At the request of the First Universalis! Society of Abington, the Lodge laid the corner-stone when their church was rebuilt in September 1864. Present as guests on that occasion were the Orphan's Hope Lodge of East Weymouth and Paul Revere Lodge of North Bridgewater (now Brockton), and delegates from other Lodges.

On May 24, 1866, the Gate of the Temple Lodge of South Boston met in our lodge-rooms for the purpose of conducting the funeral of one of their Brethren. Our Lodge combined with theirs in the service. In appreciation of this, Gate of the Temple Lodge presented John Cutler Lodge with a silver mounted set of gavel and truncheons, which have been in active use ever since, a period of over ninety years.

In 1868 the Lodge, jointly with Pilgrim Chapter and Old Colony Commandery, bought Hatherly Hall, our present building.

On January 19, 1869, a communication was received from the Grand Lodge requesting the recommendation of the Lodge concerning the granting of a dispensation to the petitioners for permission to form a Lodge in South Abington (now Whitman) under the name of Puritan. Favorable recommendation was unanimously voted. Furthermore, the new Lodge was tendered the use of our lodge-rooms and regalia, and was presented a set of jewels. At the annual meeting of August 8, 1870, thirty-three members of John Cutler Lodge applied for demits to enable them to join Puritan Lodge. These were granted and the utmost harmony and goodwill prevailed.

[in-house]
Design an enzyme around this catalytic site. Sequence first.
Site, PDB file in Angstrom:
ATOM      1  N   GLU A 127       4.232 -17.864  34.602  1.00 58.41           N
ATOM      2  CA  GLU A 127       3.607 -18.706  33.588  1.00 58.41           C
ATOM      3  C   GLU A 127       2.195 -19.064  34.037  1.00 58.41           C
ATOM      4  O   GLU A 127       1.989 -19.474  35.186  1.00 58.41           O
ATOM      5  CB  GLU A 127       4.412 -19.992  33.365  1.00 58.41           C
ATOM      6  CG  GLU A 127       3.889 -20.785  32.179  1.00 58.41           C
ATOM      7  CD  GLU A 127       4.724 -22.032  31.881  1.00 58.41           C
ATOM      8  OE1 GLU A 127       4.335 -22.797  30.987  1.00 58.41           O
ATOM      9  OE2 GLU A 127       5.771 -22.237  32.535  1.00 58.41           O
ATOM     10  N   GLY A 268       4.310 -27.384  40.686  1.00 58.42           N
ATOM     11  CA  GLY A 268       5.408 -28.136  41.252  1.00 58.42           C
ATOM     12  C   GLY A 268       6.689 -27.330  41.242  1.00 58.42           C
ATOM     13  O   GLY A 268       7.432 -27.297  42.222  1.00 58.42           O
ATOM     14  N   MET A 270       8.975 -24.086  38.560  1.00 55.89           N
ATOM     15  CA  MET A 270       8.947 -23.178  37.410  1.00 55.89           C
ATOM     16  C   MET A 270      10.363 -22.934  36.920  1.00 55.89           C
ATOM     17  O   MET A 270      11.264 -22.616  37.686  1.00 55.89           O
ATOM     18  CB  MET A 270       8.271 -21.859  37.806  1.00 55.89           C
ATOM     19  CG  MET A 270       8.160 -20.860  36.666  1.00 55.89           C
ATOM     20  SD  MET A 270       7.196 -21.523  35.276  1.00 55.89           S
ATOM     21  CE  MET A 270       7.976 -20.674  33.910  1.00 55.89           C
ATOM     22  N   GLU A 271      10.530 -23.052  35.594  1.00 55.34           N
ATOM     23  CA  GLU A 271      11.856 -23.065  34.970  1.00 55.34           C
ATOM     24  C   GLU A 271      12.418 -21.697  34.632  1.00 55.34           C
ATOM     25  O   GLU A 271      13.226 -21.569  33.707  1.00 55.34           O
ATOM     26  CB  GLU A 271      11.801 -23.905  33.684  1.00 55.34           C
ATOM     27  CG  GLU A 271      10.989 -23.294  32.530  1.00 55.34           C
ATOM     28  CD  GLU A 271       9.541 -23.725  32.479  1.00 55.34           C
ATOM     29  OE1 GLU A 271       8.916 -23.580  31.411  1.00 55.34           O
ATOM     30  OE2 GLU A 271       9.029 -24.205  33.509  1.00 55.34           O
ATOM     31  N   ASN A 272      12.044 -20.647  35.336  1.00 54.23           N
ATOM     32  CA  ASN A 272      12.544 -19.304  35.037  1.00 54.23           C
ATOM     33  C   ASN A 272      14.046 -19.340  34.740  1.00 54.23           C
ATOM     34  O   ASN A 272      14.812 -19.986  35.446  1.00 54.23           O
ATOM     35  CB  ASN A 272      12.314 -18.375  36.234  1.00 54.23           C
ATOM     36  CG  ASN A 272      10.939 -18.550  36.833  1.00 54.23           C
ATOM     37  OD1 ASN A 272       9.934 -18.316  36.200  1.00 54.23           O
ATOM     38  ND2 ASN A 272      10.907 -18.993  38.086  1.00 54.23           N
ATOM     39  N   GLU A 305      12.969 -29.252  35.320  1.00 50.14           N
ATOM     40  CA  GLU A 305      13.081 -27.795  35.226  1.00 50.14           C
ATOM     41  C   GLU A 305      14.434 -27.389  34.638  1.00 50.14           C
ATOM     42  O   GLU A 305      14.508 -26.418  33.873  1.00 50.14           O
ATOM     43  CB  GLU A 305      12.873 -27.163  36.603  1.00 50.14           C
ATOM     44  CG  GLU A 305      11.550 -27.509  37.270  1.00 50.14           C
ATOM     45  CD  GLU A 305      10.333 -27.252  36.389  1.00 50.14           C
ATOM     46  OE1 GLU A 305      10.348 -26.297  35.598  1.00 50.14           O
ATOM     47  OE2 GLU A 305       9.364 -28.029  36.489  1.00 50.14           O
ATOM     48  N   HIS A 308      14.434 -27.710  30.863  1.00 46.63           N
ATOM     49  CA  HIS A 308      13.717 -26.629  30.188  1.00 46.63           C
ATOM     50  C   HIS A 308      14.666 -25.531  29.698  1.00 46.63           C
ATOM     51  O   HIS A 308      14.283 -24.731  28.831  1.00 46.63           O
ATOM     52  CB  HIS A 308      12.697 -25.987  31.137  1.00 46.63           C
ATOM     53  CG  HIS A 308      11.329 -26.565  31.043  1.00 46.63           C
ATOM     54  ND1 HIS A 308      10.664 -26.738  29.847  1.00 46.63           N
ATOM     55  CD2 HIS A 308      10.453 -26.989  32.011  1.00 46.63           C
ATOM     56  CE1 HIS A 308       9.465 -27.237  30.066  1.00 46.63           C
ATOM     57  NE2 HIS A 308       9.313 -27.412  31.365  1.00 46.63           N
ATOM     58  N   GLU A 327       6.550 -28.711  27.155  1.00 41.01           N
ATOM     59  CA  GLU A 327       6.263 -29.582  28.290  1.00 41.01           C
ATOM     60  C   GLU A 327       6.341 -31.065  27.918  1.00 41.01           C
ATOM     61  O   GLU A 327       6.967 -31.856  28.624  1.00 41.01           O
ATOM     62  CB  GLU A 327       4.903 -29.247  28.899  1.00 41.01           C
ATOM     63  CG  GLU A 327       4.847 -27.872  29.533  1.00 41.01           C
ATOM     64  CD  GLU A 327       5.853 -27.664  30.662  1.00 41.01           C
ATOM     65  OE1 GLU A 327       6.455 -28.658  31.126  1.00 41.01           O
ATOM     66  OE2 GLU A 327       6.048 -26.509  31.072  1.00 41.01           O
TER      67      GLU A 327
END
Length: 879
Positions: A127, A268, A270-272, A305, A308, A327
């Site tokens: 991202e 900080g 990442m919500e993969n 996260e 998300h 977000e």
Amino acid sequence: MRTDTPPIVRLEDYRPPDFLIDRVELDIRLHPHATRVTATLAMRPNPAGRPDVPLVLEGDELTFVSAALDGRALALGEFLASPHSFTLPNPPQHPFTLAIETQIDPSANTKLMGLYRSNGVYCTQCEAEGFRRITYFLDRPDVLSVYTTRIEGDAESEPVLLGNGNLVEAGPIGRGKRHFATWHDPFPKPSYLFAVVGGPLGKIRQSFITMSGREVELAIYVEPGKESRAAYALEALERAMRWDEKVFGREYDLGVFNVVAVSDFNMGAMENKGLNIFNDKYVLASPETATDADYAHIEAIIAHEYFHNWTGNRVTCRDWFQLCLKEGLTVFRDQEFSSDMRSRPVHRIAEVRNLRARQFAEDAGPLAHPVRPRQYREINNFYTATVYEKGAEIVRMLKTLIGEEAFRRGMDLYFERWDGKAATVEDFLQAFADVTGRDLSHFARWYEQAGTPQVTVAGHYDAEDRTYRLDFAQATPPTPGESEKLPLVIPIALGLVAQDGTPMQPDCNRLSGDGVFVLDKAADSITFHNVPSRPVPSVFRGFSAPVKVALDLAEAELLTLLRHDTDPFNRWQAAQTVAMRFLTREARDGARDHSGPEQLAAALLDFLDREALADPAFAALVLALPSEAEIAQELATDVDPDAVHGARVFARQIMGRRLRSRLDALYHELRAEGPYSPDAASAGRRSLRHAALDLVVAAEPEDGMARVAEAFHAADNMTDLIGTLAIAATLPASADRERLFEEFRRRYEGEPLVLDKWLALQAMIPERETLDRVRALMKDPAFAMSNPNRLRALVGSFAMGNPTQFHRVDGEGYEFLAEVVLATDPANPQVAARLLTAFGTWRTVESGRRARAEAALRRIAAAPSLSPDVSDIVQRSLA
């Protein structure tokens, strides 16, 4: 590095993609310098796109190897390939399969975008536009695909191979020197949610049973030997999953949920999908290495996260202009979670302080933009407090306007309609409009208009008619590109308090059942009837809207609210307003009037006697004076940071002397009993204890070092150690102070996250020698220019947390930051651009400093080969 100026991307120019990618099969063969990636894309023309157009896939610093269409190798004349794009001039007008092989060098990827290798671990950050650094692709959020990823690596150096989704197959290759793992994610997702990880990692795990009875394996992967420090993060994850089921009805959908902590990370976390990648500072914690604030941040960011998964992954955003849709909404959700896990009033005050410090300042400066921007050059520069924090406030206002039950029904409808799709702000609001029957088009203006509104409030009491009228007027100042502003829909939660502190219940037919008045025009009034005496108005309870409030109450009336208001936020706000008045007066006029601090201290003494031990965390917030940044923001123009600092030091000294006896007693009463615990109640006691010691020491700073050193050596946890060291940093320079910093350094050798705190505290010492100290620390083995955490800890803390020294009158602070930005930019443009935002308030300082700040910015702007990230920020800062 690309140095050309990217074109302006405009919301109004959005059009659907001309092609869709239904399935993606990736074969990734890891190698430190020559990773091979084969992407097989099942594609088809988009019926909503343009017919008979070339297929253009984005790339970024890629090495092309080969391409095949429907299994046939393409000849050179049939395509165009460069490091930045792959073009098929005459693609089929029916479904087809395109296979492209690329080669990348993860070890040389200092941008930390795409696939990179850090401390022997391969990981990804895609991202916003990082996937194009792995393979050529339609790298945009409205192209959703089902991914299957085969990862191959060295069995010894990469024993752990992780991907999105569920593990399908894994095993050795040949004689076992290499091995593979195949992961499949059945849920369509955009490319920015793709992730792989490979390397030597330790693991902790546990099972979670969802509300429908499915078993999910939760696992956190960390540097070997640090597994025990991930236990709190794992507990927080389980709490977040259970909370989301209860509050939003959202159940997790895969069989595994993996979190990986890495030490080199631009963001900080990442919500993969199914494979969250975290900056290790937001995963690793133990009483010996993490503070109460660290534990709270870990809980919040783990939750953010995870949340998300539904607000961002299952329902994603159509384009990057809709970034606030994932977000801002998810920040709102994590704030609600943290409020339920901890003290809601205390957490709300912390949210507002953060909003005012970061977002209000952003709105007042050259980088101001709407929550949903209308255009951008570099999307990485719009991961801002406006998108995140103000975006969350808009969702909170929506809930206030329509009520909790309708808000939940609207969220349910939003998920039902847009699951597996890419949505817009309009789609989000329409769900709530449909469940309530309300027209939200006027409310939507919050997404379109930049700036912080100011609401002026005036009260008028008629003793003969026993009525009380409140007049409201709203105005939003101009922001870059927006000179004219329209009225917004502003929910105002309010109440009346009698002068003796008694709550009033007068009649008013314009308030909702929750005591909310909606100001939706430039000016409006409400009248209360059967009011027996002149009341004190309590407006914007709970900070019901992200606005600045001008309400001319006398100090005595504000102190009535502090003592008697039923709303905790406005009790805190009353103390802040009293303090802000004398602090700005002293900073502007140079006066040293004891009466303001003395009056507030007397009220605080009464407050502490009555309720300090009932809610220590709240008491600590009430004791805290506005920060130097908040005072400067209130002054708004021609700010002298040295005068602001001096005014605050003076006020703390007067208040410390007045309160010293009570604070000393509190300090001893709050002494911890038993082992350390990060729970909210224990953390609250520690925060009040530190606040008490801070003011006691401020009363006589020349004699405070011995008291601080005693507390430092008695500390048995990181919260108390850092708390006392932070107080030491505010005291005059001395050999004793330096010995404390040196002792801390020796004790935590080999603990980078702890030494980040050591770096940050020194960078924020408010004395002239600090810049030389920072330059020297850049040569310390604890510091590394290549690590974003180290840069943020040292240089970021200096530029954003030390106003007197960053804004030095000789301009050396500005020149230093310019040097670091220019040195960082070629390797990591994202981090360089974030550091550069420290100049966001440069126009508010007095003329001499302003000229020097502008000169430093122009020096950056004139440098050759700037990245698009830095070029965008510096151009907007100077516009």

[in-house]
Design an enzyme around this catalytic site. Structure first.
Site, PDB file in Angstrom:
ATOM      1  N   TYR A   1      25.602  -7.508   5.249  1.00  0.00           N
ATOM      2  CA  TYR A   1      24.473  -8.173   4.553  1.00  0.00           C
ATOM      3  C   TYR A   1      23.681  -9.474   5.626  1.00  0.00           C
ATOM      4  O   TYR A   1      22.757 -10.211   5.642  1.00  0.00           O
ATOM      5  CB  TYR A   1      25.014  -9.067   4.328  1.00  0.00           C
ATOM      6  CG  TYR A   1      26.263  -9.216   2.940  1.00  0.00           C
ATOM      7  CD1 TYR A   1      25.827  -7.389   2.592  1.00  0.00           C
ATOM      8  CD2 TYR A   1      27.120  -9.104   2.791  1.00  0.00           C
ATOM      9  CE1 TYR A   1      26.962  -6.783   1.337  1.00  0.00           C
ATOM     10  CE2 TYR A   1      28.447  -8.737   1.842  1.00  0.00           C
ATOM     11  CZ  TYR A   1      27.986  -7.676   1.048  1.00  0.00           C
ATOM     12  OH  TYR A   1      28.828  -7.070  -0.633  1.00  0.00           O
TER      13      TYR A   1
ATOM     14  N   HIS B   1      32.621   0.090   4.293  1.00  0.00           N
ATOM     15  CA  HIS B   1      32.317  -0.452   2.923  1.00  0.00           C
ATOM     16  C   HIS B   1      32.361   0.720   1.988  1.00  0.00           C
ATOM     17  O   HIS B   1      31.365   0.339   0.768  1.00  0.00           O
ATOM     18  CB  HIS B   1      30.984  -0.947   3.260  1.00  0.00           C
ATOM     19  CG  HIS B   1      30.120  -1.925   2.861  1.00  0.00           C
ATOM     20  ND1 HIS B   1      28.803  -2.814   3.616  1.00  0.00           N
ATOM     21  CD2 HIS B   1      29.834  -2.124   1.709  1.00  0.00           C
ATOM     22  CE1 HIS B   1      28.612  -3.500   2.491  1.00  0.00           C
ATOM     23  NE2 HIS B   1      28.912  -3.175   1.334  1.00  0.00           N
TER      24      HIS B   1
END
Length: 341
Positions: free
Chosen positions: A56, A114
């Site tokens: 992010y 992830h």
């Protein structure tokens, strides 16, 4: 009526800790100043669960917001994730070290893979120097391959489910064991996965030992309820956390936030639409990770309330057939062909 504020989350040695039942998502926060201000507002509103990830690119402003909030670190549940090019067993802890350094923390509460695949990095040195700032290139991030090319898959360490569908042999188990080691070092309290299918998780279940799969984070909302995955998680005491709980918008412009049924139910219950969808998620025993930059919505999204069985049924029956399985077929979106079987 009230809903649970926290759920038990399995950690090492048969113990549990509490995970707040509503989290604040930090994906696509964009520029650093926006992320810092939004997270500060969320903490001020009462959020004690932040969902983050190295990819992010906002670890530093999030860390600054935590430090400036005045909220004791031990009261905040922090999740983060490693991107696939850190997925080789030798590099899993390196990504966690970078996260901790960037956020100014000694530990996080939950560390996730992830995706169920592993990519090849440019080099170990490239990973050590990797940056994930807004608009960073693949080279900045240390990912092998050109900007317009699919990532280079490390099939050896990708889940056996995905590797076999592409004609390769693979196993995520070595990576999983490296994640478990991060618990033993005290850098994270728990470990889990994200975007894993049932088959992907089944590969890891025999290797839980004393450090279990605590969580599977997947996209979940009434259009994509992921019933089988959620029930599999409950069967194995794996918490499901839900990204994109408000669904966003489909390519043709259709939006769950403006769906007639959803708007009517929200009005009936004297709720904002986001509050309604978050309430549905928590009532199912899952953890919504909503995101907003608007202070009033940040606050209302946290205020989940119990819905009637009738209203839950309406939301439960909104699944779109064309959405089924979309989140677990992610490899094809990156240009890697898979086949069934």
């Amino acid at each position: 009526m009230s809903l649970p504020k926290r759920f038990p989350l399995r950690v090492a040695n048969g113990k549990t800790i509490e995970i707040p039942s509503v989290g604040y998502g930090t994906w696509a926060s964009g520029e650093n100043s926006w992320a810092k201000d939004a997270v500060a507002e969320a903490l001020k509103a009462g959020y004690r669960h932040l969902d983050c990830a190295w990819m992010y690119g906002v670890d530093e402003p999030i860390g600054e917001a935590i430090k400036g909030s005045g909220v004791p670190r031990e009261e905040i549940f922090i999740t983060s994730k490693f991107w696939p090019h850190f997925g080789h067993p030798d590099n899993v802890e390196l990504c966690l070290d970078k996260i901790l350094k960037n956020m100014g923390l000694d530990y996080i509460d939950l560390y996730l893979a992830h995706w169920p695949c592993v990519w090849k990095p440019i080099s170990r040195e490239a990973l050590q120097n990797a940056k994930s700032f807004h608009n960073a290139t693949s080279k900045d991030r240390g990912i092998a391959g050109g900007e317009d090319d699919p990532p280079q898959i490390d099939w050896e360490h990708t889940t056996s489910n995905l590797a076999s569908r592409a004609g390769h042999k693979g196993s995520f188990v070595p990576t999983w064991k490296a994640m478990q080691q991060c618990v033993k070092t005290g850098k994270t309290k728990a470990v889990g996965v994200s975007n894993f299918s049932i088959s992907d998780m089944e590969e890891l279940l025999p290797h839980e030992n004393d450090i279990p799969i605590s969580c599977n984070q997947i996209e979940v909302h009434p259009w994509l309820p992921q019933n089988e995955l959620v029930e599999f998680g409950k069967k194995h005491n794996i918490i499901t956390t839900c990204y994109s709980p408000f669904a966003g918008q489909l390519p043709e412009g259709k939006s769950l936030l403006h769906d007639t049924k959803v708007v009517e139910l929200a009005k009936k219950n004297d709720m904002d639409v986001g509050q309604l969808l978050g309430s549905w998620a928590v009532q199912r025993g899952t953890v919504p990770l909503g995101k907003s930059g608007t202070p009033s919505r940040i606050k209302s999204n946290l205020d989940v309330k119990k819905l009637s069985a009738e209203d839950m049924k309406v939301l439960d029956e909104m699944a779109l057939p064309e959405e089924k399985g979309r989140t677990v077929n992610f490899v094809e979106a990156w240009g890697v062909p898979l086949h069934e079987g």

John Cutler Lodge has frequently responded to calls for assistance outside the Lodge. Two interesting occasions were the Chicago Fire in 1872 and the San Francisco Earthquake.